Thursday, 2 July 2015

Sculpture Day 4

Having looked at the photographs I took of my sculpture, and listened to various comments about the work, I decided that enough was enough.  Barbara Hepworth wouldn't be caught doing a sculpture that could be mistaken for fighting hares, fat people dancing or headless chickens.

So it was time to get welding, scrimming and plastering, chisel off those rabbit ears, and not make the legs and other areas such an issue.  This is a sculpture about the surface texture, not the hares/chickens etc.

Meanwhile, others in the class were making far better progress...

Marco slept by the door.  Mary's waste mould sat on the step, ready for the jesmonite pouring process, which drew a small audience.

Time to start putting the copper sheeting down the centre of the piece.

Wednesday, 1 July 2015

Sculpture Day 3

It's funny that I made so much progress in a very short time on Monday, then today my sculpture seems to have not changed very much at all, despite having spent another whole day working on it.

I'm trying not to anthropomorphise it, but it does rather look like two funny little figures clinging on to each other in a strange dance....

It's not what I started out to do at all.  Here's a close-up of the surface.

Even if I'm getting nowhere, it's strangely satisfying to spend a day working like this, with my hands in a bucket of plaster, and chipping away at the form with a big scraper.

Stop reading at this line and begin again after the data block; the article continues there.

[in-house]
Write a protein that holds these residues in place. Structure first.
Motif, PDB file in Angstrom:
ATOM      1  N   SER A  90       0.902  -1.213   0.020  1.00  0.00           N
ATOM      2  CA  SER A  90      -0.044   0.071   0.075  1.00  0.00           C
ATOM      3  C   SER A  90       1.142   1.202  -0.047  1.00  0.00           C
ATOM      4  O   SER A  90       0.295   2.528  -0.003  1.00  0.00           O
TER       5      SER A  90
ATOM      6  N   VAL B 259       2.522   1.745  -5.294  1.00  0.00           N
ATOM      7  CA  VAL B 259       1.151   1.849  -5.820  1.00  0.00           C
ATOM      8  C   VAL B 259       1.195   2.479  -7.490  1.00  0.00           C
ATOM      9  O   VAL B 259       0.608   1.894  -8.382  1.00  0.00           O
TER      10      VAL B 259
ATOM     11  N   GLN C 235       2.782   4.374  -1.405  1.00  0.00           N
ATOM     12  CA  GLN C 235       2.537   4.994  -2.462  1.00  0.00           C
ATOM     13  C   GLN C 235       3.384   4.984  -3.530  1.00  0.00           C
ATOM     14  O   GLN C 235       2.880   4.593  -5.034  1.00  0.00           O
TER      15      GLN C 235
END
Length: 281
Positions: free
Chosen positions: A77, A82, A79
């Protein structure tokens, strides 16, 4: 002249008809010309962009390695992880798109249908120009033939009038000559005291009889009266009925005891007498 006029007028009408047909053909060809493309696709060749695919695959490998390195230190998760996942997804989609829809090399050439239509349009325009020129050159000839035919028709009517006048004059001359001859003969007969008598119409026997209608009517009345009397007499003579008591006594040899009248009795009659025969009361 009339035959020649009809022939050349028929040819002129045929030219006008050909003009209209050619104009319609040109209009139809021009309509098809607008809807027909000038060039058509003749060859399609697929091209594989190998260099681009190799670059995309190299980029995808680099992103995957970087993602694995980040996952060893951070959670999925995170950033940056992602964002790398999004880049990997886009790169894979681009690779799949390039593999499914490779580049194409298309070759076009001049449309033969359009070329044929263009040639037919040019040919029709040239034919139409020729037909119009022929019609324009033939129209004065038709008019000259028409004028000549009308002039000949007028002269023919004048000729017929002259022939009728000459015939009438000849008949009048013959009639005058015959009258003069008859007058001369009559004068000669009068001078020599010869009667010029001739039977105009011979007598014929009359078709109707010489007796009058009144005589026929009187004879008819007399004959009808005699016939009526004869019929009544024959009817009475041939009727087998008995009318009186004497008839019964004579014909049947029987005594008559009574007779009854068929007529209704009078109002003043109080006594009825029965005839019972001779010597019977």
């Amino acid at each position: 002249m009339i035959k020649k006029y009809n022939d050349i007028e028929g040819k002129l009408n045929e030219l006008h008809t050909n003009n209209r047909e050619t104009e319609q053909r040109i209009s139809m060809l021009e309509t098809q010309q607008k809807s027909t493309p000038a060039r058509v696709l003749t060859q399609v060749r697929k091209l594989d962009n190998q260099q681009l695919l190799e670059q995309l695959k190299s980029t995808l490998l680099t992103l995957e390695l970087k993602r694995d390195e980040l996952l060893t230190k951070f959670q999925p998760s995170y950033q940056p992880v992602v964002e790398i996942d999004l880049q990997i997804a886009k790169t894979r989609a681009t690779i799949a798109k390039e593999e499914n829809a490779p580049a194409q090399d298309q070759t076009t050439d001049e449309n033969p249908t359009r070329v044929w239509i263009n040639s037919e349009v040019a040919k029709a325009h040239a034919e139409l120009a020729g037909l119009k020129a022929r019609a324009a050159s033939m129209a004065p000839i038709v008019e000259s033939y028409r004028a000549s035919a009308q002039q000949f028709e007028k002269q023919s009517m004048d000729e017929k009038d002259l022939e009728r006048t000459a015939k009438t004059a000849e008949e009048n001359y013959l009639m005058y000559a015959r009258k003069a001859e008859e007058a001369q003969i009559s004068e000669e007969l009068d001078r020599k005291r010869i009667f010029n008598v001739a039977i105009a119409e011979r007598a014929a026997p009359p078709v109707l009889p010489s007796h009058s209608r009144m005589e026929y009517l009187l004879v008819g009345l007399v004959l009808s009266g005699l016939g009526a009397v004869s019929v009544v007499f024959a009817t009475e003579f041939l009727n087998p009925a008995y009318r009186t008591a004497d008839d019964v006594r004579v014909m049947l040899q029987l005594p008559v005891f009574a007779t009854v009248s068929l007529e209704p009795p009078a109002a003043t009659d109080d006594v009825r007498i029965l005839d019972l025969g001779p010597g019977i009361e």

From this angle, they look more like fighting hares, and that's not good.  Tomorrow, the rabbit ears will have to go...this is a serious sculpture.  Behave yourselves.

It's been a hot day, and the big door of the workshop is open into the back lane.  There is a smell of unemptied bins, the sound of buzzsaws from the wood workshop across the way, the trains rattling on the track over the back wall.  Soulless drum and bass music plays across the back court, but is sometimes surprisingly interpersed by a distant song with a woman singing plaintively in an Eastern language, exotic and impassioned.

Everything is a bit grimy and dusty - even the clean bits.  There are children from the surrounding tenements who come to sit on the step of the workshop, and who chatter away in Romanian and pet Victoria's dog Marco.  Patient, good-natured Marco is the handsome model for Victoria's sculpture, which she's made with a metal armature and clay worked over the top.

Because the door is wide open, people come and go, drop in, borrow tools, make cups of tea, and chat about what's going on in the neighborhood.

Here's Marco the sandwich-snaffling, banana-loving model, and Marco the sculpture.  

Mary is sitting on the step with her sculpture, which is for a statue for her garden.  The figure is going to have ivy sprouting from the hands.  Made in clay, the figure has been encased in a plaster jacket to take a mould.  When hard, the plaster will have the clay removed from the centre, and the space filled with a durable material such as concrete or jesmonite, suitable for going outdoors. 

And so another day goes by.

Tuesday, 30 June 2015

What This Hand Has Done Today...

So what's this chubby hand been sculpting today?

Opinions range from seed pods...

to animal bones... two figures...

...depending on which angel you look at it from.

I'm a great believer in letting the object become itself, and not being too prescriptive. It will tell you what it wants to be.